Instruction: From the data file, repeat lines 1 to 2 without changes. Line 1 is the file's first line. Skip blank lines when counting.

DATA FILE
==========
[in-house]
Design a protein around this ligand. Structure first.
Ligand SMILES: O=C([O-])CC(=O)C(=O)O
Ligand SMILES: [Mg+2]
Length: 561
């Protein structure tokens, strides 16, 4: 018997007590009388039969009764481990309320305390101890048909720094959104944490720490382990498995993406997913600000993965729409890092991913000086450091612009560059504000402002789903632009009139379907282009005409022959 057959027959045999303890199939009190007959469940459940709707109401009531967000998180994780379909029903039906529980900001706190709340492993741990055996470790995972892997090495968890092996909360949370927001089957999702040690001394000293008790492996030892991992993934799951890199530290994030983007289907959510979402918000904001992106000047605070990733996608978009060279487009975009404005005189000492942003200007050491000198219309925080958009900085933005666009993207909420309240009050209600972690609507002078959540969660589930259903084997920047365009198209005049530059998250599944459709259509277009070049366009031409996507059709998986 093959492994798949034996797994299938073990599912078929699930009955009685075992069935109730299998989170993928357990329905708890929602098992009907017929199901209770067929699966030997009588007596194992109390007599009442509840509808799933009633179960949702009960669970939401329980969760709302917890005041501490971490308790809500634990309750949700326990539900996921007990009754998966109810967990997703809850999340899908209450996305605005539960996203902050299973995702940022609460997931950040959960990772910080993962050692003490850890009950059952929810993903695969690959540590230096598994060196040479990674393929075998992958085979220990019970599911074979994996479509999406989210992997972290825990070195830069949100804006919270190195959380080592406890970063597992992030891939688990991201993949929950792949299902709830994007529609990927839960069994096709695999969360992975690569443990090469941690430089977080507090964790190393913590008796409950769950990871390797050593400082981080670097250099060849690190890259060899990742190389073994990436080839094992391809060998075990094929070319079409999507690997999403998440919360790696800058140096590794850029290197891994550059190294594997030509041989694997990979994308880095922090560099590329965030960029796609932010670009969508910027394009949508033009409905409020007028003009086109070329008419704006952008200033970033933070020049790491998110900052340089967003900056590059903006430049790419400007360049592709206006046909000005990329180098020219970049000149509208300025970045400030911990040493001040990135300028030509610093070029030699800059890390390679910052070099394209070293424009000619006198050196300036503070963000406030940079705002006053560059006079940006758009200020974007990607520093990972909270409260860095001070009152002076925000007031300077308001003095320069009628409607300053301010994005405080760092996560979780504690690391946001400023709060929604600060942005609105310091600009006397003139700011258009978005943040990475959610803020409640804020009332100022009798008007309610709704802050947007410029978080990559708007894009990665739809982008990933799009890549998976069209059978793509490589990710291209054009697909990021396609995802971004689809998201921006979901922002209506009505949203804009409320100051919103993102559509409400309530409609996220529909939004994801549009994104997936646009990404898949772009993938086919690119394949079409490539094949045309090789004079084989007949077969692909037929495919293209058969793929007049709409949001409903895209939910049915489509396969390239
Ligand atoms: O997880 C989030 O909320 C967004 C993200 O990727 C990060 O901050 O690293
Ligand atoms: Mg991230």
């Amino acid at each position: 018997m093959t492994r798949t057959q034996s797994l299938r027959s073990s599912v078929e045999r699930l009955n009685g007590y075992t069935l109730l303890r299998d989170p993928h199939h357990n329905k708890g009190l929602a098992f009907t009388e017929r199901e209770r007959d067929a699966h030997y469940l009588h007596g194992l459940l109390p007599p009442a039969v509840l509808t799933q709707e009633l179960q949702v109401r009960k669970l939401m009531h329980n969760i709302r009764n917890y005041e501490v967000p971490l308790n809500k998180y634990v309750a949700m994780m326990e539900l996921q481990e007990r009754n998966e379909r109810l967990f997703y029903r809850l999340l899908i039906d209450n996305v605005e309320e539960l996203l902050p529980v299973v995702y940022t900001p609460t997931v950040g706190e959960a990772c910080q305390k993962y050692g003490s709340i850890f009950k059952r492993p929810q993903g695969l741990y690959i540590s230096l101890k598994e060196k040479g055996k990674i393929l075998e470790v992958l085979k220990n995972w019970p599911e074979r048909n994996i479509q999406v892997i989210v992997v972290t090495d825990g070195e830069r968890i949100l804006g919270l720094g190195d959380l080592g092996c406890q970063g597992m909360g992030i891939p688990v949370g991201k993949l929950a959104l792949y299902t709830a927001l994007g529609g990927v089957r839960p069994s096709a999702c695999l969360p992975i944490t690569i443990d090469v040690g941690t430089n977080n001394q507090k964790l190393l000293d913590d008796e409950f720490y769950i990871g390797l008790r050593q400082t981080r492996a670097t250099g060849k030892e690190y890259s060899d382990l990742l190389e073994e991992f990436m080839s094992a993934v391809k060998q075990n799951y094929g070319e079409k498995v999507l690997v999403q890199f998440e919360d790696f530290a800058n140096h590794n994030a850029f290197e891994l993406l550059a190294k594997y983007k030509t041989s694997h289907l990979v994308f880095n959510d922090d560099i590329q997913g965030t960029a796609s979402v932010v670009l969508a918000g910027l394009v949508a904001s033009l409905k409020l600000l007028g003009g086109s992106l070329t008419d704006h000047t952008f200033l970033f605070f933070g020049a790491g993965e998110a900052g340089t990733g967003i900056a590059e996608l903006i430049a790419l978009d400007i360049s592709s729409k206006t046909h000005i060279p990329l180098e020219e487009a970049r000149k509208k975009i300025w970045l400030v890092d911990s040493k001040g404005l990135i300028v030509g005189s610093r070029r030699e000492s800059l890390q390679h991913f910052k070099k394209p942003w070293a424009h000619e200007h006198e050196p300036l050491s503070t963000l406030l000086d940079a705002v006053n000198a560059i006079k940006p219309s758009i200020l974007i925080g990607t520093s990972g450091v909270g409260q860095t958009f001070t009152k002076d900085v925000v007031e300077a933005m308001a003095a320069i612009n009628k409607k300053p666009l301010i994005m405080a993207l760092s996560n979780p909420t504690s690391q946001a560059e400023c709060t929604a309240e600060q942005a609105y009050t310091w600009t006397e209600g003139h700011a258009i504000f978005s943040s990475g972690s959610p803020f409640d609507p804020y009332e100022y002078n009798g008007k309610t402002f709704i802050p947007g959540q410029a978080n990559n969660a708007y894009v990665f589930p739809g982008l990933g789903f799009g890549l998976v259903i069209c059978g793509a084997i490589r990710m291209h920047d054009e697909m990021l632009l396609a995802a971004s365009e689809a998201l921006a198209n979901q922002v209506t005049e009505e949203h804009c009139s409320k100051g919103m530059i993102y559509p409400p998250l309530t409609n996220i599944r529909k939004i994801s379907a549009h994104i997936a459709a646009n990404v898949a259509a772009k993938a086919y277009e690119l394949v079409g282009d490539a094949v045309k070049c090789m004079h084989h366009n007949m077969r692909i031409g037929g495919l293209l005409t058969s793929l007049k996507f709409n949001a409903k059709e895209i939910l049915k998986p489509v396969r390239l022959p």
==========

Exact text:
[in-house]
Design a protein around this ligand. Structure first.